Contrary to a widespread public perception, the study also found that the heaviest media users reported spending similar amounts of time exercising or being as physically active as those who were not heavy users.

Ann Flynn, the director of education technology for the Alexandria, Va.-based National School Boards Association, said the study’s information regarding grades raises a red flag for educators.

“These are young people who are very much accustomed to being connected and getting information in a digital format,” she said. “Then they go to school, and they find that the majority of their current school environment is not connected.”

Those students may be bored or uninspired because of the disparity between the technology they use outside of school to access media and the lack of it in their daily education, added Yong Zhao, the founding director of the Center for Teaching and Learning based at Michigan State University.

He said schools need to think about how to tap students’ enthusiasm for technology used to access media and apply that to education.

“School may be too boring for them,” Mr. Zhao said. “Schools do not present their content in an engaging way, as media does.”

Texting During Homework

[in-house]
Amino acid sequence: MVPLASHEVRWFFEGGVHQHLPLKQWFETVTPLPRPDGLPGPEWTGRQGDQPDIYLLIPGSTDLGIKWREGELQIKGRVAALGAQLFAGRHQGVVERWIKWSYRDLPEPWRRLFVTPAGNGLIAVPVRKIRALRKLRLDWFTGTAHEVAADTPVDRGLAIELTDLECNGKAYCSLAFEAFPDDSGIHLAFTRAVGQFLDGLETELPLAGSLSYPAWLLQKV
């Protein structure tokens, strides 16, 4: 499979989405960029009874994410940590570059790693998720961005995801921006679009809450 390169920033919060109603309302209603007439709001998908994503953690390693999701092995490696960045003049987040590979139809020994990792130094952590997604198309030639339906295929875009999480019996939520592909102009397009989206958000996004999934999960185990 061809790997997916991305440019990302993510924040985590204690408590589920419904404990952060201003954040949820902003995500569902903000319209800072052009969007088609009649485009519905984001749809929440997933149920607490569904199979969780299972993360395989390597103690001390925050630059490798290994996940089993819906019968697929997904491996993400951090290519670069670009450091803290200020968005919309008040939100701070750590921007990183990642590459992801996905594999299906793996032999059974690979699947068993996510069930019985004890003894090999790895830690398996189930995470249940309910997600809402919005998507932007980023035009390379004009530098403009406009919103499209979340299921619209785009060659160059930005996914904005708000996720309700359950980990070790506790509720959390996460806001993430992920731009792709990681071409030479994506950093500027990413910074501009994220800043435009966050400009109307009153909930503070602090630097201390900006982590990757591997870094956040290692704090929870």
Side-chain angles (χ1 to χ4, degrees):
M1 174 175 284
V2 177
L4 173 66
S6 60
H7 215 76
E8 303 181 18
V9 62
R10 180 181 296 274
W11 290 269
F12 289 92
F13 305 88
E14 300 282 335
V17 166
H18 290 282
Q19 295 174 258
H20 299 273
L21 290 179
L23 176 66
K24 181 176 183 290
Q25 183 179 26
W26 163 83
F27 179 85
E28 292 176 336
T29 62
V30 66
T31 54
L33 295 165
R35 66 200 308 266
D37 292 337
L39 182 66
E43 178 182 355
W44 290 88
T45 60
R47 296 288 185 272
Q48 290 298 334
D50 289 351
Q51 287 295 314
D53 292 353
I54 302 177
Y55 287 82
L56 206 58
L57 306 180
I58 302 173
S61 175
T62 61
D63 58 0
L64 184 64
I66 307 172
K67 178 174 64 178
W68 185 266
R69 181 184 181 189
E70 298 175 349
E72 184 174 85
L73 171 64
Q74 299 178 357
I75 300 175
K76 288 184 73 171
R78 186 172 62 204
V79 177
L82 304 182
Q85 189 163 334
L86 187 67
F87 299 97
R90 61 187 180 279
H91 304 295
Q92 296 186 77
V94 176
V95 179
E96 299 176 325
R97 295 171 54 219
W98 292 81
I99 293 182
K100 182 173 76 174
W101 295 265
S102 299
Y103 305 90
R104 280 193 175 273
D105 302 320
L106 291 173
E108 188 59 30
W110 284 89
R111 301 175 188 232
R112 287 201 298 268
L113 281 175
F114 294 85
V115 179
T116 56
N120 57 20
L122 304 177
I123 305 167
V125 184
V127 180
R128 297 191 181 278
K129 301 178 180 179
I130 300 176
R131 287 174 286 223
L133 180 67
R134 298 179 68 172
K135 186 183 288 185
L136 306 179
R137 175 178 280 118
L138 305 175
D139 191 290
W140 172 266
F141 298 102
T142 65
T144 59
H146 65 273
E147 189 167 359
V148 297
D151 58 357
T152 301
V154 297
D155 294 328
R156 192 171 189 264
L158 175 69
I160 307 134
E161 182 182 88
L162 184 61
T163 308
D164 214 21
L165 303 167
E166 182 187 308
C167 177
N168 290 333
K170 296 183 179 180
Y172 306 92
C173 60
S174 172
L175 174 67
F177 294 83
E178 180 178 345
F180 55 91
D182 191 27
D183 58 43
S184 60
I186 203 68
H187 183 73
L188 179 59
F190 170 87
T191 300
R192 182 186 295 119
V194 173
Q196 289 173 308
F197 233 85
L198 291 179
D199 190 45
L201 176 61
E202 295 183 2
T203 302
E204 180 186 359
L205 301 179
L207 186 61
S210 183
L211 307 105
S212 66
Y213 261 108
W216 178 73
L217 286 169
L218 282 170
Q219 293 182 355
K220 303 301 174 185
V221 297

About half the respondents said they access media either most or some of the time—for recreational purposes—while they’re doing their homework. That may mean they’re listening to the radio, watching TV, or texting while doing work for school.

Some observers say such multitasking is an important skill to learn in today’s world. The ability to focus on a task with other things going on in the background is a skill that will serve students well in higher education and the workplace, Ms. Flynn said.

Ms. Rideout of Kaiser, though, cited a growing body of research showing that when multitasking, each task tends to suffer.

But she also suggested that the study proves that technology and media has captured young people’s attention in a way that schools should try to tap.

“We want to look at whether we’re maximizing the media potential of all these platforms,” she said. “Kids love media, but the vast majority of their media use is not related to learning. If we can shift that, it’s all the better.”

Vol. 29, Issue 19, Page 7